Q: If I convert my Pantone spot colors
to CMYK, will you be able to match the original Pantone color
A: Matching Pantone spot colors
using CMYK screen-built equivalents is not an exact science.
The Pantone formulas come closer with some colors than others.
For most projects, the screen builds are fine. If you need an
exact match to a corporate standard or to some other piece already
printed with a PMS color, it is advisable to run the job “cmyk
+ spot”. For more information on the Pantone Matching
System, go to www.pantone.com.
Pantone sells a color chart that compares original spot colors
with their CMYK equivalents, side by side. Purchasing this guide
is a wise investment if you use Pantone colors as a basis for
color work in your layout files.
Q: Should I print my job on coated
or uncoated paper?
A: If you are printing in multiple colors,
have halftones, CMYK images, or heavy solids, coated papers
generally yield better results. Because uncoated papers absorb
more ink than coated ones, projects printed on uncoated paper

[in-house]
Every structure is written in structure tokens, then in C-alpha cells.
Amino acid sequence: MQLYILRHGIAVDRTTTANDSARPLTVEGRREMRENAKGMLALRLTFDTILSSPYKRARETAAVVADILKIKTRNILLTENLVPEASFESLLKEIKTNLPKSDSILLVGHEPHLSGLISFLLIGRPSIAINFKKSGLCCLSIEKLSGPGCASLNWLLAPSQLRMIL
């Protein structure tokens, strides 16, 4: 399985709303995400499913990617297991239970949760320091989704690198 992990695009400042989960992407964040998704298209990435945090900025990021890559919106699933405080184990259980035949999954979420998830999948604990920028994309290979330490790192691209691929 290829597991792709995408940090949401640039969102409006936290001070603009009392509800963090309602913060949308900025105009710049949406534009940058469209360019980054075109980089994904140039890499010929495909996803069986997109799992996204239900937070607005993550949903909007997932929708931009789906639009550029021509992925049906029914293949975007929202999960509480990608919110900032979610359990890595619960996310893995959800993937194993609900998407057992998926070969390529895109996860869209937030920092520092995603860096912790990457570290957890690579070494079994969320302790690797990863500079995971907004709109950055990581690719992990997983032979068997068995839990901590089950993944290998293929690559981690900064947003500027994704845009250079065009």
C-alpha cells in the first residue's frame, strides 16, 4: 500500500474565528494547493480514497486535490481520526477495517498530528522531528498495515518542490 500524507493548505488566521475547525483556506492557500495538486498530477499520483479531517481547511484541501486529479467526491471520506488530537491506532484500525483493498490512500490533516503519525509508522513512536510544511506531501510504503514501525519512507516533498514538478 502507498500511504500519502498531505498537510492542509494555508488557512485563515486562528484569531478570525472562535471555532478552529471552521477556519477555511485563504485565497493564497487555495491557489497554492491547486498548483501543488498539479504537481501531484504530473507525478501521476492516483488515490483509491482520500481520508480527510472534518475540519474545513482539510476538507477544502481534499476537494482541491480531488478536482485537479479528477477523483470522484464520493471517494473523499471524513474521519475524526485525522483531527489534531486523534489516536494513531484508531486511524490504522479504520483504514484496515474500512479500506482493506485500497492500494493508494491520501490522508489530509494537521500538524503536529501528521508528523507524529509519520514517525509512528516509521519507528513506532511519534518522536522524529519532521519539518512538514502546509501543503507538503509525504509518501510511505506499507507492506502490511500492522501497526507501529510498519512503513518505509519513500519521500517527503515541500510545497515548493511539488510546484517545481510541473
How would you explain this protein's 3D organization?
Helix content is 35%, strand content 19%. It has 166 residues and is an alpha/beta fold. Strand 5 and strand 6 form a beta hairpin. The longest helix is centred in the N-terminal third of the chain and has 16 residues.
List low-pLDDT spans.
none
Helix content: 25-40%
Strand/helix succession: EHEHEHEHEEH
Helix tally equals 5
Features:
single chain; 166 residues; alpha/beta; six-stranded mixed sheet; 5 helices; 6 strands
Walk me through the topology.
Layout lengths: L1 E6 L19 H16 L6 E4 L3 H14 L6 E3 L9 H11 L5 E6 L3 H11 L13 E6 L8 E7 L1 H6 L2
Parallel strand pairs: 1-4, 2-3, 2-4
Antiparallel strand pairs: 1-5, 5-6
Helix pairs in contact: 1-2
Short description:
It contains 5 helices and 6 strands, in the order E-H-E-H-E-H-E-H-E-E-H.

can suffer from excessive “dot gain,” which causes
an overall darkening of images, reduction in contrast, and loss
Q: Why doesn’t the proof
you gave me look like my color laser comp?
A: Laser printers are not calibrated
to produce CMYK or Pantone colors accurately. Our high-resolution
digital proofer gives a much more accurate representation of
the color definition in your file than your laser printer, and
will be a closer match to what you see on the press. If you
like the color of the laser comp better than what you see in
our proof, you may need to alter the color definitions in your
file. For more information about the Pantone Matching System,
go to www.pantone.com.
Q: Can I use a metallic ink on my job?
A: Metallics are a mixture of metal
flakes and varnish and are generally used to best effect on
coated papers. Since they are more susceptible to scuffing than
standard inks, a varnish coat is advisable. Avoid designs that
call for trapping a metallic to a process ink. Process inks
are transparent; metallics are opaque. Because they transmit
light differently, trapping a metallic to a process ink can
produce a graying effect.